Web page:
The 76-year-old woman had varicose veins

By Georgia Slater
September 05, 2019 10:52 AM

A rooster pecked an Australian woman to death while she was collecting eggs on her farm, a medical journal reported.

The small animal caused harm by attacking the 76-year-old woman’s swollen leg veins, according to the study by University of Adelaide pathology professor Roger Byard and Netherlands Forensic Institute pathologist Judith Fronczek, as obtained by NBC News.

The findings, published in the journal Forensic Science, Medicine and Pathology, showed that the woman had multiple health issues before the attack occurred, including diabetes, hypertension and varicose veins, which made the rooster attack all the more fatal.

“The bird pecked her lower left leg causing significant hemorrhage with collapse and death,” the researchers wrote in the journal. “This case demonstrates that even relatively small domestic animals may be able to inflict lethal injuries in individuals if there are specific vascular vulnerabilities present.”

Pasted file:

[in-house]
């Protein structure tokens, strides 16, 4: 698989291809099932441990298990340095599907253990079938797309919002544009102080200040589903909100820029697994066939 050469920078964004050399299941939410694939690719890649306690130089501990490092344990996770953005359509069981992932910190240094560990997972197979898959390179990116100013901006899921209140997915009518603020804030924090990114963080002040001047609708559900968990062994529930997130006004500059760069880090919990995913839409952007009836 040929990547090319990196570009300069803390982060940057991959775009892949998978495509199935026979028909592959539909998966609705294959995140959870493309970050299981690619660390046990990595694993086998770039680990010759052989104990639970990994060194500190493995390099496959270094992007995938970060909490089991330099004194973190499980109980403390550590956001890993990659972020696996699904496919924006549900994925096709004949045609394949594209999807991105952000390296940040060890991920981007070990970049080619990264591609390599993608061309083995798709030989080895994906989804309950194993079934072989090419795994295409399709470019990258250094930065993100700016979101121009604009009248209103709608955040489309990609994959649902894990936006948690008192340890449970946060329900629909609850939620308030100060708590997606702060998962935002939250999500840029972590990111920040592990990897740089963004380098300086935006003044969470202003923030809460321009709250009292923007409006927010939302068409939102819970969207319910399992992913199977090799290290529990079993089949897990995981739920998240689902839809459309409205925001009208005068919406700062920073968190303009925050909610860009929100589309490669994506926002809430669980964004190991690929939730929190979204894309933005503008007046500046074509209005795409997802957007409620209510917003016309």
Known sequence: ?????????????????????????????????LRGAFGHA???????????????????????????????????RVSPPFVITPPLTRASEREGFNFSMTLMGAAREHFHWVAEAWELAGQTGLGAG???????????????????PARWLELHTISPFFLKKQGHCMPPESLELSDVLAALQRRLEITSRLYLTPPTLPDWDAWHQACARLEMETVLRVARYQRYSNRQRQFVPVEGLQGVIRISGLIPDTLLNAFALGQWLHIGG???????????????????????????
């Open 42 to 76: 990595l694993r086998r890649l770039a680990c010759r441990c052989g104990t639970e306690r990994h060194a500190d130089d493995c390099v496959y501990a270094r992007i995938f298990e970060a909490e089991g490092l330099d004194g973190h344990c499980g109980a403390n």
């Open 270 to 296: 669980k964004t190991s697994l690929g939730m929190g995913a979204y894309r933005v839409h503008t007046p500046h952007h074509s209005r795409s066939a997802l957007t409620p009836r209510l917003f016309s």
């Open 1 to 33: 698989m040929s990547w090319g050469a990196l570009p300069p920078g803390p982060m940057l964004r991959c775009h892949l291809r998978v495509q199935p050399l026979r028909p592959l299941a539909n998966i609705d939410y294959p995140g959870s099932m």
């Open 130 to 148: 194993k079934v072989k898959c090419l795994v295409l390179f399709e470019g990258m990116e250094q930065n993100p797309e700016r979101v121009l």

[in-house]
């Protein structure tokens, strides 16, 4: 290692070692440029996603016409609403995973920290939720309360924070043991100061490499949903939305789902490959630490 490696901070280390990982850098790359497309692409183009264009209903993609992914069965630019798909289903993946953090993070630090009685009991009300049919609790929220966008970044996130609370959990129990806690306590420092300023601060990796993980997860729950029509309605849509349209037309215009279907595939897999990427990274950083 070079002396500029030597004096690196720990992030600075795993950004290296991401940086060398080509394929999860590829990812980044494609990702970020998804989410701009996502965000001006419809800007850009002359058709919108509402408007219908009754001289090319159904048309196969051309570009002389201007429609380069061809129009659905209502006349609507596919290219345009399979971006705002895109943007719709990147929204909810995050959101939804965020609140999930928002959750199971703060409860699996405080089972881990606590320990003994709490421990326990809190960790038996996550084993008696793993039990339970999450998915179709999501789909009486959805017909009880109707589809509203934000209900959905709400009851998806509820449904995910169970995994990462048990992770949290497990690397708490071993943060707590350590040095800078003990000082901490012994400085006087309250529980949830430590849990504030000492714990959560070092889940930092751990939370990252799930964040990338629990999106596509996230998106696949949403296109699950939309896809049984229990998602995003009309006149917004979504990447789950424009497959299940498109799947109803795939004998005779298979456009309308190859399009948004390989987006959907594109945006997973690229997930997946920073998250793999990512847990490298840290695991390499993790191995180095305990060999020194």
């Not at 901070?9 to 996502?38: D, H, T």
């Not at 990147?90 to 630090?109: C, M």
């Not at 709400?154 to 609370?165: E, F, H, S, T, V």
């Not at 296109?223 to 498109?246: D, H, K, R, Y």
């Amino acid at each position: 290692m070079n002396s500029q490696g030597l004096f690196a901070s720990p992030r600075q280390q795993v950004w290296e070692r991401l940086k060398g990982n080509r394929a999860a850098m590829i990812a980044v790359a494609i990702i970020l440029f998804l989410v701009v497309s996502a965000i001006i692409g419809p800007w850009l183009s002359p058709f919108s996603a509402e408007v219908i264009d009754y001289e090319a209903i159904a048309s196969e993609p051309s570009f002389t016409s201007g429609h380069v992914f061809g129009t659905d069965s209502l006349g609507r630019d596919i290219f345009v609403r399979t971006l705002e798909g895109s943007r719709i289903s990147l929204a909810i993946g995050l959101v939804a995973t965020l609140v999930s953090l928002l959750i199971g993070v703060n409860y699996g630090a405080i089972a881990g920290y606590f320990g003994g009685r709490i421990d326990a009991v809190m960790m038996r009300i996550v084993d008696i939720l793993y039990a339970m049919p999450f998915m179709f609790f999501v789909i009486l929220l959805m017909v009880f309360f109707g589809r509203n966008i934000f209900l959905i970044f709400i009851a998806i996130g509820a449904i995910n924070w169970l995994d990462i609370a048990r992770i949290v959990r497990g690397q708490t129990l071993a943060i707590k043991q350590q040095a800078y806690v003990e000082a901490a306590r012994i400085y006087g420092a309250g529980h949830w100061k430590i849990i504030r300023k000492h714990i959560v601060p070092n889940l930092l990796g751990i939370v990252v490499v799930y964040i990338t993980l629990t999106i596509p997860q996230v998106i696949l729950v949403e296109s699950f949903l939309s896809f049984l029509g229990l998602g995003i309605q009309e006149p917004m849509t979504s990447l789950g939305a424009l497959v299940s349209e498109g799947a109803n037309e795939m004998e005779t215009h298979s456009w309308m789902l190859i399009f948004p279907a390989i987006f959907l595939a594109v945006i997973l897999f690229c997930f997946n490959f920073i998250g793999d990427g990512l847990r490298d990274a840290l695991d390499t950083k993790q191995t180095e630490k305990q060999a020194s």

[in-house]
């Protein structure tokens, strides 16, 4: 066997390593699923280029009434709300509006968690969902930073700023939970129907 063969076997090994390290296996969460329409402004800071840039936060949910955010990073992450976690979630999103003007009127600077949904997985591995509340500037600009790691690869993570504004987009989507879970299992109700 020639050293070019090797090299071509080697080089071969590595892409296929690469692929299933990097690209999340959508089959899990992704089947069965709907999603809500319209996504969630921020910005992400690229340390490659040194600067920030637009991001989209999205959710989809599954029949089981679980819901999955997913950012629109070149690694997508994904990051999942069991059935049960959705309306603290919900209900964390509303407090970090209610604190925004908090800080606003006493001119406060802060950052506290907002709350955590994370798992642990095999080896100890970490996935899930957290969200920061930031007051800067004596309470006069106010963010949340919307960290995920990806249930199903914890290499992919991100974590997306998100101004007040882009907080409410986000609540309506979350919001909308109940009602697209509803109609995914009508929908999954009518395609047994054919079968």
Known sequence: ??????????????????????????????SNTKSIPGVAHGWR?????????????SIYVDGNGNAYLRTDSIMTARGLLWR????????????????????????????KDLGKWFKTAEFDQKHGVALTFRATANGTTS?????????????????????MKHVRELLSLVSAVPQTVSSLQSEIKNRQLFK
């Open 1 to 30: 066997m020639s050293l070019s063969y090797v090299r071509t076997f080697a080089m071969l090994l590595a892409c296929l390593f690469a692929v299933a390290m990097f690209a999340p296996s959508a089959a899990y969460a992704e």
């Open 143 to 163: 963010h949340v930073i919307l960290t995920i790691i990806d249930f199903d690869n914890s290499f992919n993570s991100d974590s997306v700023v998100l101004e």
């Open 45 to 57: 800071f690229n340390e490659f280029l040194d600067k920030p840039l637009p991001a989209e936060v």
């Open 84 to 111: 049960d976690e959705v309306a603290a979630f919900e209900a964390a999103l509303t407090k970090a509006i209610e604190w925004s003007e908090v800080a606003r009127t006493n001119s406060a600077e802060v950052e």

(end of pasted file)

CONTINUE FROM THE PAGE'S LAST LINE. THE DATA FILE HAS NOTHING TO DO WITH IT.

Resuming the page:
By the time the ambulance came to the scene, the woman had already bled to death, Byard told NBC News on Wednesday.

“Those with varicose veins should be treated so a situation like this does not happen,” Byard added.

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While the autopsy was only on the woman’s left leg, the journal reportedly added that “two small bleeding lacerations were present, one of which was located immediately over a perforated large varix. Death was therefore due to exsanguination from bleeding varicose veins following an attack by a rooster.”

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Byard told USA Today that “lethal rooster attacks are very rare, but small animals can cause death from trauma.” He also noted the “vulnerability” of the elderly.

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